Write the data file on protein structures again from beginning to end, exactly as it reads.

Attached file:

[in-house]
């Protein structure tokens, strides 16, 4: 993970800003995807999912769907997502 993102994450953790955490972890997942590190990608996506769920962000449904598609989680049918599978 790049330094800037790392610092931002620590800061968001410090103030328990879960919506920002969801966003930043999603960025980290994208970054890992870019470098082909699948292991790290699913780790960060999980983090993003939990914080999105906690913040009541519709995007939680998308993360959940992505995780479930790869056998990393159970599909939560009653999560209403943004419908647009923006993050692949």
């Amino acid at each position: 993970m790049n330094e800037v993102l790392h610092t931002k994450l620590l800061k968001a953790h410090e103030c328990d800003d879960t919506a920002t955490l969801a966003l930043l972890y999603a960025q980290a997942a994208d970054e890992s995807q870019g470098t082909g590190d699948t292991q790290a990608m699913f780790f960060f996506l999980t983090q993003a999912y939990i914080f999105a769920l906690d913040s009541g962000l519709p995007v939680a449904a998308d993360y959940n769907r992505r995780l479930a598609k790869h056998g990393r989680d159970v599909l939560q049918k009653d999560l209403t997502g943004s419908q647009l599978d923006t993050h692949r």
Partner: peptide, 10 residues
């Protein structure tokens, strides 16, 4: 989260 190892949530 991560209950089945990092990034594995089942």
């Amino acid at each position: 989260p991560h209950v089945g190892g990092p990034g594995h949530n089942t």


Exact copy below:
[in-house]
């Protein structure tokens, strides 16, 4: 993970800003995807999912769907997502 993102994450953790955490972890997942590190990608996506769920962000449904598609989680049918599978 790049330094800037790392610092931002620590800061968001410090103030328990879960919506920002969801966003930043999603960025980290994208970054890992870019470098082909699948292991790290699913780790960060999980983090993003939990914080999105906690913040009541519709995007939680998308993360959940992505995780479930790869056998990393159970599909939560009653999560209403943004419908647009923006993050692949």
């Amino acid at each position: 993970m790049n330094e800037v993102l790392h610092t931002k994450l620590l800061k968001a953790h410090e103030c328990d800003d879960t919506a920002t955490l969801a966003l930043l972890y999603a960025q980290a997942a994208d970054e890992s995807q870019g470098t082909g590190d699948t292991q790290a990608m699913f780790f960060f996506l999980t983090q993003a999912y939990i914080f999105a769920l906690d913040s009541g962000l519709p995007v939680a449904a998308d993360y959940n769907r992505r995780l479930a598609k790869h056998g990393r989680d159970v599909l939560q049918k009653d999560l209403t997502g943004s419908q647009l599978d923006t993050h692949r």
Partner: peptide, 10 residues
């Protein structure tokens, strides 16, 4: 989260 190892949530 991560209950089945990092990034594995089942």
């Amino acid at each position: 989260p991560h209950v089945g190892g990092p990034g594995h949530n089942t």